Amazon scores, House of Fraser on a bumpy road

The past and future of retail collided this past week. We’re seeing a passing of the baton from those who are no longer relevant to those who are reinventing shopping.
13 June 2018

Chief Executive Officer of Amazon, Jeff Bezos (L), tours a new facility that the company created to help spark employee creativity. Source: AFP

Amazon notched up yet another milestone last week. Surpassing $800 billion in market value, it is now worth Walmart, Home Depot, Costco, CVS, Walgreens, Target, Kroger, Best Buy, Kohls, Macy’s, Nordstrom, JC Penney & Sears combined.

Love them or hate them, you can’t deny the gulf between Amazon and most other retailers.

This was demonstrated last week by the news that the e-commerce giant will show 20 Premier League matches a season for three years from 2019.

It has shelled out for two full rounds of fixtures a season, the first December midweek round and the festive Bank Holiday round.

These will be available to Amazon Prime’s UK members, who will also be able to watch weekly highlights of all matches throughout the season.

At the same time, a British institution, House of Fraser, was taking an ax to its “unsustainable” 59 leased stores across the UK and Ireland.

It has identified 31 stores for closure and also proposes to relocate its Baker Street head office and Granite House office in Glasgow to new locations. This will affect up to 2,000 colleagues and a further 4,000 brand and concession partners.

This drastic move is essential, but there is no guarantee of success, according to GlobalData.

The embattled retailer must significantly improve its product offer and store environment to attract customers back whilst also enhancing its online proposition.

Its main problem is that it does not have a clear point of difference in a crowded market and in a climate where consumers are cutting back on discretionary items, argues Sofie Willmott, Senior Retail Analyst at GlobalData.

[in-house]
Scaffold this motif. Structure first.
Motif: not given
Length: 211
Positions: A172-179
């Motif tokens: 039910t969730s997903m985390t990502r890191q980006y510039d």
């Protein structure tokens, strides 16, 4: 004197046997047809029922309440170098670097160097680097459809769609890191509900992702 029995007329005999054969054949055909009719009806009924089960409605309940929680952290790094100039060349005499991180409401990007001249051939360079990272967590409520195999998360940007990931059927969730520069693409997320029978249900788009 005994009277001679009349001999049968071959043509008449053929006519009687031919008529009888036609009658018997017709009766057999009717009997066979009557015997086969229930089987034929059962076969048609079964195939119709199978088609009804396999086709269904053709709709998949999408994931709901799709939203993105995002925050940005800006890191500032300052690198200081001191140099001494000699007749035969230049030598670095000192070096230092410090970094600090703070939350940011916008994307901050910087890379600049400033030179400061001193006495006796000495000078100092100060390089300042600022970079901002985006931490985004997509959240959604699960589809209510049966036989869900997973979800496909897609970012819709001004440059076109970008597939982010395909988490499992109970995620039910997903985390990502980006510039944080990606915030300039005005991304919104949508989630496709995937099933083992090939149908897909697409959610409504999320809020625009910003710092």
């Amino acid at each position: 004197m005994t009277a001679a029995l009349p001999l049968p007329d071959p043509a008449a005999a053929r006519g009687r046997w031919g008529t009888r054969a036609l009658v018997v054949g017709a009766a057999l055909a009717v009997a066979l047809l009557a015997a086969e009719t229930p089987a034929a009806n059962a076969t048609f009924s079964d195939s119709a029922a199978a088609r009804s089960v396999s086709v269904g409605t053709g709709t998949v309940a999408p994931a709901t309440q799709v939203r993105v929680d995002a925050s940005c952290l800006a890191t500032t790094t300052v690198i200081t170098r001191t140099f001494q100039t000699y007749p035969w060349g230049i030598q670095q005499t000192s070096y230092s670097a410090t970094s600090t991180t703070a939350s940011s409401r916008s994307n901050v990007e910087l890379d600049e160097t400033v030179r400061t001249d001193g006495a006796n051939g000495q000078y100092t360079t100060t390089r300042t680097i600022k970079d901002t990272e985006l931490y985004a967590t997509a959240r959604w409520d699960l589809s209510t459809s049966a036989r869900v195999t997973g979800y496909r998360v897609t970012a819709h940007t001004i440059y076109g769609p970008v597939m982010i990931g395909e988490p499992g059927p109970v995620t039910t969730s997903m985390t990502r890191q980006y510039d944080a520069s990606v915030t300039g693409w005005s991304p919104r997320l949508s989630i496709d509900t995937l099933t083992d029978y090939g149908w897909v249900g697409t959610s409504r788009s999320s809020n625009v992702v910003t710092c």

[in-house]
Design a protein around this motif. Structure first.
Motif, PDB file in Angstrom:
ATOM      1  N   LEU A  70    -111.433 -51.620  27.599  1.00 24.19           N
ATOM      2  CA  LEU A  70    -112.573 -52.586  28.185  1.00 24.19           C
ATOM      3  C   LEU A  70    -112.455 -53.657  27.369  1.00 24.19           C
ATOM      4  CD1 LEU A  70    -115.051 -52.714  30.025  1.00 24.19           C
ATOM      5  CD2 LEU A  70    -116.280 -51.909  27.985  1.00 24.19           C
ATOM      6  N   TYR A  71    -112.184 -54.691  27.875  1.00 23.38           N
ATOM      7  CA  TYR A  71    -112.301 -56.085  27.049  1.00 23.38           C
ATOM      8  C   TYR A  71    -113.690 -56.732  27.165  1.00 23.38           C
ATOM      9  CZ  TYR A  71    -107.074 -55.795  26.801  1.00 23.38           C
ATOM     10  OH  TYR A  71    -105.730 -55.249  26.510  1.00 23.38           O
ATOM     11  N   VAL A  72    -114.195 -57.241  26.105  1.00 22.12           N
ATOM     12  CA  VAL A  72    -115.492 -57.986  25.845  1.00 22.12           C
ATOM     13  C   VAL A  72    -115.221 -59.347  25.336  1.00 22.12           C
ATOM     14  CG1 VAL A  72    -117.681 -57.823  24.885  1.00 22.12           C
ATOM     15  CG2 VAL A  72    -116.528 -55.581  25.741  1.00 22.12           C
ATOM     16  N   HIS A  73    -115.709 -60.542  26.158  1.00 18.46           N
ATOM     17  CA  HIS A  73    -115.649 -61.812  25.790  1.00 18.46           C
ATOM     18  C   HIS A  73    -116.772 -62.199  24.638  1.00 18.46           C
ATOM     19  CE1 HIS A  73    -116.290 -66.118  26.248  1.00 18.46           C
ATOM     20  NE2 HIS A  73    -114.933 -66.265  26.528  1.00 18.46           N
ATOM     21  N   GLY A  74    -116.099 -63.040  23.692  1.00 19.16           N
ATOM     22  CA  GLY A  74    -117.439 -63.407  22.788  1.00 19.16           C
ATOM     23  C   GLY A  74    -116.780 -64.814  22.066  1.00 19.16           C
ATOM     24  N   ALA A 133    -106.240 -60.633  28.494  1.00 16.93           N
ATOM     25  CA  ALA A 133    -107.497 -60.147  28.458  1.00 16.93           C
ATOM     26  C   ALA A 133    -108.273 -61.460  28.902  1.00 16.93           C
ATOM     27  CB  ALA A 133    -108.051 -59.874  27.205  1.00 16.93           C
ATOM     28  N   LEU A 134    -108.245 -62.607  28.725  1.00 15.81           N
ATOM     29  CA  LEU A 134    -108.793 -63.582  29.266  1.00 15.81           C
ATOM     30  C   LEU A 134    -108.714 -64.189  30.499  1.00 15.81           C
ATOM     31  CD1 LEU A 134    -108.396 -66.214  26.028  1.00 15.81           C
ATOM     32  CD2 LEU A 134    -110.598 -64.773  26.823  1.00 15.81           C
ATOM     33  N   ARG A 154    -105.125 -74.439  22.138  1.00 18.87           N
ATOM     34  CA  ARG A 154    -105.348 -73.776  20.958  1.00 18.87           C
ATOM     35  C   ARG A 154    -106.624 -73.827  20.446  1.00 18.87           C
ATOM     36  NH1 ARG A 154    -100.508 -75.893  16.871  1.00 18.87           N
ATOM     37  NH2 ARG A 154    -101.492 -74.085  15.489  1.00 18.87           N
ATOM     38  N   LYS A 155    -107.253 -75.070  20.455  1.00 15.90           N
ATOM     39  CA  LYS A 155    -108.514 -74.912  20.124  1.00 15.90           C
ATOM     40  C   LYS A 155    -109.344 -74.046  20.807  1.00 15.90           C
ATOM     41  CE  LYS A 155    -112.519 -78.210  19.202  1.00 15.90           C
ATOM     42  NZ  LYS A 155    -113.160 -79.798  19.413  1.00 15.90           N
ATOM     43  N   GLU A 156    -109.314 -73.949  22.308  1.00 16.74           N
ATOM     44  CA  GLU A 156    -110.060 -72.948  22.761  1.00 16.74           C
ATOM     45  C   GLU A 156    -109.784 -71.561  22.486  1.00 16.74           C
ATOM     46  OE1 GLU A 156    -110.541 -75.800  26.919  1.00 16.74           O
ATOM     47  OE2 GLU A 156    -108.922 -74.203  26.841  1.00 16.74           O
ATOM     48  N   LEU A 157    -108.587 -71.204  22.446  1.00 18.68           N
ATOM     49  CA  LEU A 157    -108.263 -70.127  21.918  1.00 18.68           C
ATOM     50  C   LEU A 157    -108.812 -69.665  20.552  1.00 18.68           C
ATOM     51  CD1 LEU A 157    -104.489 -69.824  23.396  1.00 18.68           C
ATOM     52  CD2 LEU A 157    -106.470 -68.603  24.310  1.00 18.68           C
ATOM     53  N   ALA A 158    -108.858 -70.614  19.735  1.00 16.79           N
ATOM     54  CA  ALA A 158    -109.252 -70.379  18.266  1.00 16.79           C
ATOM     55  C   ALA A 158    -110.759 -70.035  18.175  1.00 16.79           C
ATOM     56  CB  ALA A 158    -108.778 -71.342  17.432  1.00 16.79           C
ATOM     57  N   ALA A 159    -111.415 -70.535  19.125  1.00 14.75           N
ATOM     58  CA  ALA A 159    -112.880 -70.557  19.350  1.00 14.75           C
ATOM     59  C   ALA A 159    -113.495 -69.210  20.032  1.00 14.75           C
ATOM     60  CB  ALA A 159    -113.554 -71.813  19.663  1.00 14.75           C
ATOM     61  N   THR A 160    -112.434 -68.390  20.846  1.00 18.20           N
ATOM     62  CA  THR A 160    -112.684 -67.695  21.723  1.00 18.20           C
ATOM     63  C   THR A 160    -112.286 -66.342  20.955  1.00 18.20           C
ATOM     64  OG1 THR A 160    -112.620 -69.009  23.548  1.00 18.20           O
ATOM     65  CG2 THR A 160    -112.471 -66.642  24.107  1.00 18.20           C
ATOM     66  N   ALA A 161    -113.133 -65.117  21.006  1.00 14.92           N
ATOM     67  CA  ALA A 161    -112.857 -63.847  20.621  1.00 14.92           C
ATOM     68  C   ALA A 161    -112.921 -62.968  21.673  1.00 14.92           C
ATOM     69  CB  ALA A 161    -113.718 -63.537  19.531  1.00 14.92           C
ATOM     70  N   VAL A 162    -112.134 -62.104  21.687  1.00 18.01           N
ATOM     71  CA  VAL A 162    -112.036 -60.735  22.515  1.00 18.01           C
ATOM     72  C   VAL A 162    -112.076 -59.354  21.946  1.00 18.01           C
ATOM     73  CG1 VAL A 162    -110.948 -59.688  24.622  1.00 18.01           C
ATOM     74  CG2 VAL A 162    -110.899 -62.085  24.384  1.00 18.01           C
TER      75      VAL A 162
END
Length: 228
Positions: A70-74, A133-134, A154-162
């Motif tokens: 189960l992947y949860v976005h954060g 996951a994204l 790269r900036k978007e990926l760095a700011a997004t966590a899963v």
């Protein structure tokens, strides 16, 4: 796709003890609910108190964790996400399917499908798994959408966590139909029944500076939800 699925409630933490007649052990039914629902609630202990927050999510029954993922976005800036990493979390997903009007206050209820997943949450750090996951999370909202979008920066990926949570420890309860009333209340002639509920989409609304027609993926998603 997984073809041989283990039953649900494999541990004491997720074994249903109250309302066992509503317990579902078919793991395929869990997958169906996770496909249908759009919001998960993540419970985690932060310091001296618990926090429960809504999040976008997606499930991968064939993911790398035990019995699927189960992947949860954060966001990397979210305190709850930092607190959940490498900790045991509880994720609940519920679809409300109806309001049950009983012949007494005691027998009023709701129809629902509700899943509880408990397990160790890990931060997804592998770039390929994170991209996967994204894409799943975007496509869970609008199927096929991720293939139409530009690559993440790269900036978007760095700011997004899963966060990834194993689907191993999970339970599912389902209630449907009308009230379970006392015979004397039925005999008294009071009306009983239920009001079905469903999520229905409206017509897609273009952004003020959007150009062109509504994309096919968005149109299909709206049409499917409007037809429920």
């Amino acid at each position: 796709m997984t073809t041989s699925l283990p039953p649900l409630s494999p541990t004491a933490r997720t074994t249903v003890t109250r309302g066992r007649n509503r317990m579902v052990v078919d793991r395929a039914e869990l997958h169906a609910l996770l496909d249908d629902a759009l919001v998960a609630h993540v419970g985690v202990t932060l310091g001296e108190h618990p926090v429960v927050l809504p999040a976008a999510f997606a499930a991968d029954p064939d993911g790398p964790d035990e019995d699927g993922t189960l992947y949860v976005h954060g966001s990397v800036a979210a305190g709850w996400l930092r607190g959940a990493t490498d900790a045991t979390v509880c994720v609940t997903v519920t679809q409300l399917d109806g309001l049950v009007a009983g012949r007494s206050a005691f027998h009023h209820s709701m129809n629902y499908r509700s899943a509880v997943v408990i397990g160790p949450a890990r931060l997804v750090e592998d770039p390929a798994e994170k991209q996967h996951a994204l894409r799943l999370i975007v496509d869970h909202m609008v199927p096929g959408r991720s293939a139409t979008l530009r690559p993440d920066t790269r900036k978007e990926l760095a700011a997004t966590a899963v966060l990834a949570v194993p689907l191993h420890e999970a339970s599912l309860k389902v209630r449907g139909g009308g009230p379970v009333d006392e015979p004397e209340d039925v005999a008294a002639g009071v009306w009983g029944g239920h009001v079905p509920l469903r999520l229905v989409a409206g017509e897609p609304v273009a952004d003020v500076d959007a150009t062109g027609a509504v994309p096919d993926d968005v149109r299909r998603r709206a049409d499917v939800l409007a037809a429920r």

“’Midmarket department stores are struggling and have come under threat from all angles in recent years,” she says.

Pureplays including Asos and Amazon, offering a vast product range and convenient fulfilment options, have grown at a rapid rate, stealing share from the department stores, she adds.

In a nutshell, what we have here is a tech savvy, customer-centric Amazon vs a stagnant, customer-unfriendly House of Fraser.

“We are always looking to add more value to Prime, and we’re delighted to now offer, for the first time, live Premier League matches to Prime members at no extra cost to their membership,” says Jay Marine, Vice President of Prime Video in Europe.

“The retail industry is undergoing fundamental change and House of Fraser urgently needs to adapt to this fast-changing landscape in order to give it a future and allow it to thrive. Our legacy store estate has created an unsustainable cost base, which without restructuring, presents an existential threat to the business,” comments Frank Slevin, Chairman of House of Fraser.

Bolstering your live sports line up on Prime Video, which also includes US Open Tennis, ATP World Tour Tennis events and NFL games, shutting stores and cutting jobs whilst mumbling about changing times. Who gets your vote?

Whilst Amazon moves on to its next big milestone, a House of Fraser turnaround will involve going beyond the notion of simply selling stuff to customers and excelling at everything buoyant pureplays can’t do.

They have to tap what is left of the store network and fuse it with the e-commerce operation to become more experiential and service-led. There’s still hope but time is running out.